25. 25. Slide 25Construction output over 40% below peakNICEI Private Sector Relative to Pre-Recession PeaksAs of Q4 2012 (Peak = 0)-13.5%-11.0%-15.3%-41.2%-50%-40%-30%-20%-10%0%10%0 2 4 6 8 10 12 14 16 18 20 22 24Time in Quarters Since Pre-Recession Output PeakPrivate Sector Private Sector ServicesIndustrial Production Construction
  26. 26. Slide 26NI’s economic recovery has quite a bit to go!NI Composite Economic Index & Component Indices-50%-40%-30%-20%-10%0%10%20%IndustrialProductionConstruction Private SectorServicesPrivate Sector Public Sector NICEI%Peak to Trough Recovery from Trough Q4 2012 Relative to PeakSource: DFPPeak Q4 2007Peak Q2 2007Peak Q2 2007Peak Q3 2006Peak Q2 2007Peak Q3 2009
  27. 27. Slide 27‘Winners’ during the downturn…Slide 27Industrial Group % ChangeRecession Winners ↑↑↑Other Services 50.2%Chemicals & Pharmaceutical Products  26.9%Utilities (Electricity & Gas) 24.3%Food, Drink & Tobacco 9.9%Transport, Storage & Communications 5.5%Wholesale & Retail Distribution, Accommodation & Food Service 1.4%Agriculture (Gross annual output in real terms 2007‐12) 0.5%Source: DFP Indices of Production, Services and Construction, DARD & Ulster Bank calculationsChange in NI Private Sector OutputQ2 2007 ‐ Q4 2012
  28. 28. Slide 28….outnumbered by ‘losers’ & ‘big losers’Slide 28Construction /propertyrelatedConstruction /propertyrelatedIndustrial Group % ChangeRecession Losers    ↓↓↓Utilities (Water Supply & Waste Management) ‐4.2%All Production Industries ‐9.3%Engineering & Allied Industries ‐10.2%All Private Sector Services ‐10.6%All Manufacturing ‐14.4%Total Private Sector Output (Construction + Production + Private Services) ‐14.5%Recession Big Losers    ↓↓↓Basic Metals & Fabricated Metal Products ‐20.7%Total Other Manufacturing ‐29.3%Textiles & Textile Products ‐29.7%Mining & Quarrying ‐33.3%Wood & Paper Products ‐34.9%Rubber, Plastics & non‐metal Products ‐39.5%Construction ‐44.8%Business Services & Finance ‐47.7%Source: DFP Indices of Production, Services and Construction, DARD & Ulster Bank calculationsChange in NI Private Sector OutputQ2 2007 ‐ Q4 2012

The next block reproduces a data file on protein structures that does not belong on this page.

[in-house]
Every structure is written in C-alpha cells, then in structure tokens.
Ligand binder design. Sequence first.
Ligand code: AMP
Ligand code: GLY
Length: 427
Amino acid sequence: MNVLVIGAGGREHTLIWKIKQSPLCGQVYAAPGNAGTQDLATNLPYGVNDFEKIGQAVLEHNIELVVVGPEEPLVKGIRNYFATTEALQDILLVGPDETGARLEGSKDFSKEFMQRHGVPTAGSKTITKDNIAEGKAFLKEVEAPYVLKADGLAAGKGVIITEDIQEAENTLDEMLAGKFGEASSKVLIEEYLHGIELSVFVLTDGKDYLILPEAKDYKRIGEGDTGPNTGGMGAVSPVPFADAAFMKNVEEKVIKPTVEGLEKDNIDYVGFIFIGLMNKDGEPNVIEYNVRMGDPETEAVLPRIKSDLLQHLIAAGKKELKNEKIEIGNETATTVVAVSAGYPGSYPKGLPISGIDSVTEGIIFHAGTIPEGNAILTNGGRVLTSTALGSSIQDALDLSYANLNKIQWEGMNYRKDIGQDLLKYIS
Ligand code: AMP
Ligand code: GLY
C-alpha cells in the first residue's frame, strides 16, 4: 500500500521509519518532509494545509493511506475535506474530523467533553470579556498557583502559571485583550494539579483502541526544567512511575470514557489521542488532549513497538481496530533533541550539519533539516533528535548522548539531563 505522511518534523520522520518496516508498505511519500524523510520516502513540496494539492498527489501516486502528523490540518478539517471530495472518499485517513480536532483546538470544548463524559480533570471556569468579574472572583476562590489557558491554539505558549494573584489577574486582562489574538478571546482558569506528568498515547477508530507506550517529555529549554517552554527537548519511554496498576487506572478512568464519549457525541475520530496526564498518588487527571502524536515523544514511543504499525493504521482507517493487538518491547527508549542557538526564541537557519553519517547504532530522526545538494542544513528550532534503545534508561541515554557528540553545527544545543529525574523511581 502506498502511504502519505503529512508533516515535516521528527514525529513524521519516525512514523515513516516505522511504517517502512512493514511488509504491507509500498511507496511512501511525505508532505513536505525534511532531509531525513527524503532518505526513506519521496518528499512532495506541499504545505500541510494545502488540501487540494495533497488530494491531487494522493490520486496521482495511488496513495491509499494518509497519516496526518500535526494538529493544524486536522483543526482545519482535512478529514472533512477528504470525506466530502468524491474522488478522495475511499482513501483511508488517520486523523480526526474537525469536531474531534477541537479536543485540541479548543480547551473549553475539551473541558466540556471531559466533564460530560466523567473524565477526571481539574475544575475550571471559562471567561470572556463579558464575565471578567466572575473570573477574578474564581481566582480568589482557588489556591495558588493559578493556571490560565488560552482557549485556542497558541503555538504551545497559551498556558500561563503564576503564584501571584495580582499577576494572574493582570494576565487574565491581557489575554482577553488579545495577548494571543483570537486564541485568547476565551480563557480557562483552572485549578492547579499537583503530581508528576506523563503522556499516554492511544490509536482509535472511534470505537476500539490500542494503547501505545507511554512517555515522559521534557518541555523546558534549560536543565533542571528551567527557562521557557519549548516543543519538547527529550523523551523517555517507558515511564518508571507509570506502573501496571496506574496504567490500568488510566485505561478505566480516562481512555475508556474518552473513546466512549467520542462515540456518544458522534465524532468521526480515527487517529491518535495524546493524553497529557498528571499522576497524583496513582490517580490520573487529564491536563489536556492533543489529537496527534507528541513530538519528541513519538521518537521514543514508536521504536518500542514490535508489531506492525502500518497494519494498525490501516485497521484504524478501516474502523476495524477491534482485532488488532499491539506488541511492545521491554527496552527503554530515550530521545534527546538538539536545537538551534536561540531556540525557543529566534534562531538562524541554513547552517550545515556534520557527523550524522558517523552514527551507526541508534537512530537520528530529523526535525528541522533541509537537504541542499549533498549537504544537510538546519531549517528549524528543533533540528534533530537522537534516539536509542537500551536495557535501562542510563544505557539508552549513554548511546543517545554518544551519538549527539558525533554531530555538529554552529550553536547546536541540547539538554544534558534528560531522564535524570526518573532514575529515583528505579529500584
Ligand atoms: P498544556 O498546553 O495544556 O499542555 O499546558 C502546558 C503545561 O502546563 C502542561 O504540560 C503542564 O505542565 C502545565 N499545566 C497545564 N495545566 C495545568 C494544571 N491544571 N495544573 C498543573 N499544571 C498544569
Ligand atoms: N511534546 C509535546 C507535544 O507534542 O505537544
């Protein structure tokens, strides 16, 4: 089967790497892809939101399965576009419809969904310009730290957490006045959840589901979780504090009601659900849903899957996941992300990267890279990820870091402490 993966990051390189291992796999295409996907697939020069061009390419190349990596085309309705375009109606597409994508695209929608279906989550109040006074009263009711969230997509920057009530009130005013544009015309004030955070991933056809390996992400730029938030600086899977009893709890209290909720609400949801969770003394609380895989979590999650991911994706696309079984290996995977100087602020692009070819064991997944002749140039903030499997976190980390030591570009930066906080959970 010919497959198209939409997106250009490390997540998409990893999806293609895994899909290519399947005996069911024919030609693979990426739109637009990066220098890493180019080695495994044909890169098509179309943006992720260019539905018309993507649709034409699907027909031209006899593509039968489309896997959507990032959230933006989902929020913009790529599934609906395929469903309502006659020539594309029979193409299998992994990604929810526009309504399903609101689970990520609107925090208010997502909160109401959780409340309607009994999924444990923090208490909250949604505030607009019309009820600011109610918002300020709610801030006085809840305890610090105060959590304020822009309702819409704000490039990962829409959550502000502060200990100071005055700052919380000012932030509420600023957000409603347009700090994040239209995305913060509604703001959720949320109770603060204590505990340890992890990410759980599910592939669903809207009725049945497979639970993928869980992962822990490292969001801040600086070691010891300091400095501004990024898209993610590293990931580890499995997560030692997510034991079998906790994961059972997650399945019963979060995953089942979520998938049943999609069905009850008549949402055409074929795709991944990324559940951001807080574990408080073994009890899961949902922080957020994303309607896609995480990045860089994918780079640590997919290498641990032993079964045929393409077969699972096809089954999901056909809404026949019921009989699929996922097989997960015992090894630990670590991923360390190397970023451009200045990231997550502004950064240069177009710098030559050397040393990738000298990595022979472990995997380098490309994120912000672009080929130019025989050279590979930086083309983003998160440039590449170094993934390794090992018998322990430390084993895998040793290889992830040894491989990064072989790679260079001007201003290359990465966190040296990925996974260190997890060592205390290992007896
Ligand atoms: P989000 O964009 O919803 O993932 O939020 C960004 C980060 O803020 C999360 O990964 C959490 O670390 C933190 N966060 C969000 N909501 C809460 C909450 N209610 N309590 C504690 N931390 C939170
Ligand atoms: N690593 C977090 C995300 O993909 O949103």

29. 29. Slide 29Decreases in output leads to declines in employmentSlide 29Northern Ireland Employee Jobs693,340613,250Q2 1998733,050500,000550,000600,000650,000700,000750,000Q2 1993 Q4 1995 Q2 1998 Q4 2000 Q2 2003 Q4 2005 Q2 2008 Q2 2010 Q4 2012Source: DFPDiscontinuity in Series
  30. 30. Slide 30Declining DisposableIncomes / ProfitabilityChallenge 1
  31. 31. Slide 31Household incomes  recovery remains a long way offUK Average Weekly Earnings & CPI Inflation0.8%2.4%0123456Apr-06 Apr-07 Apr-08 Apr-09 Apr-10 Apr-11 Apr-12 Apr-13%Ave Weekly Earnings 3m Y/Y % (Excl. Bonuses) CPI Y/YSource: ONSIncomesqueezeDoes not include taxesor changes to benefits
  32. 32. Slide 32Fuel is eating up more of our disposable incomes…UK Fuel Prices - Tank* of Petrol / Diesel(*60 Litres)£51.3£80£83£88.830405060708090100May-05 May-06 May-07 May-08 May-09 May-10 May-11 May-12 May-13£Petrol Tank Diesel Tank56%riseSource: ONS**Note Northern Ireland Prices are traditionally the highest of all UK regions**Credit CrunchbeginsJune Budget2010
  33. 33. Slide 33So is food…Cumulative % Change in UK Consumer Pricessince Credit Crunch began (Aug 07 to Apr 13)8.2%20.2%0%10%20%30%40%50%60%70%Food &Non-AlcoholicBeveragesFood ElectricityGas &OtherFuelsTransportFuels &LubricantsTransportServicesTotal CPI AverageEarnings*Source: ONS, *Average Earnings as of March 2013
  34. 34. Slide 34Some well known casualties from the downturn
  35. 35. Slide 35Strong input cost inflation coupled with output price deflation means the profitability squeeze continuesNI Private Sector Profit Squeeze3 Month Moving Average304050607080Apr-04 Oct-05 Apr-07 Oct-08 Apr-10 Oct-11 Apr-13Output Prices Input Prices No ChangeInflationDeflationSource: Markit Economics & Ulster Bank NI PMIProfitssqueezePrice of goods &services falling
  36. 36. Slide 36Slide 36Ben Bernanke (US Fed)Mario Draghi (ECB)Mark Carney (BoE)Haruhiko Kuroda (BoJ)Sterling weakness has hit consumer & businesses
  37. 37. Slide 37‘Currency Wars’ partly explains NI’s sales & export performance…NI Sales & Exports 2011/12relative to 2007/08 export peak*-40%-30%-20%-10%0%10%20%RoIExportsAllExportsRest ofEUNI Rest ofWorldAll Sales ExternalsalesGB SalesDue largely to Food &Drink & Large CompaniesSource: DFP, % Changes based on figures in constant prices. *Total Manufacturing Sales peak was 2008/09
  38. 38. Slide 38Overall exports to the RoI down 30% but FDT up 40%?NI Food, Drink & Tobacco Sales & Exports 2011/12relative to 2007/08 peak40 %-60%-45%-30%-15%0%15%30%45%60%Rest ofWorldRest ofEUExportsExports ExternalSalesTotalSalesGB Sales NI Sales RoIExportsSource: DFP, figures are in constant prices
  39. 39. Slide 39Outside of Food & Drink, NI faces a lack of demandNI Manufacturing (Non-FDT) Sales & Exports2011/12 relative to 2007/08 peak-70%-60%-50%-40%-30%-20%-10%0%10%RoIExportsNI Sales Exports TotalSalesExternalSalesRest ofEUExportsRest ofWorldGB SalesSource: DFP Manufacturing Sales & Exports Survey, figures are in constant prices
  40. 40. Slide 40Labour MarketChallenge 2
  41. 41. Slide 41No recovery in construction sector so farNorthern Ireland Employment(Employee Jobs)-40%-30%-20%-10%0%10%All Sectors Services Manufacturing ConstructionPeak to Trough Recovery from Trough Q4 2012 Relative to PeakSource: DFP, QES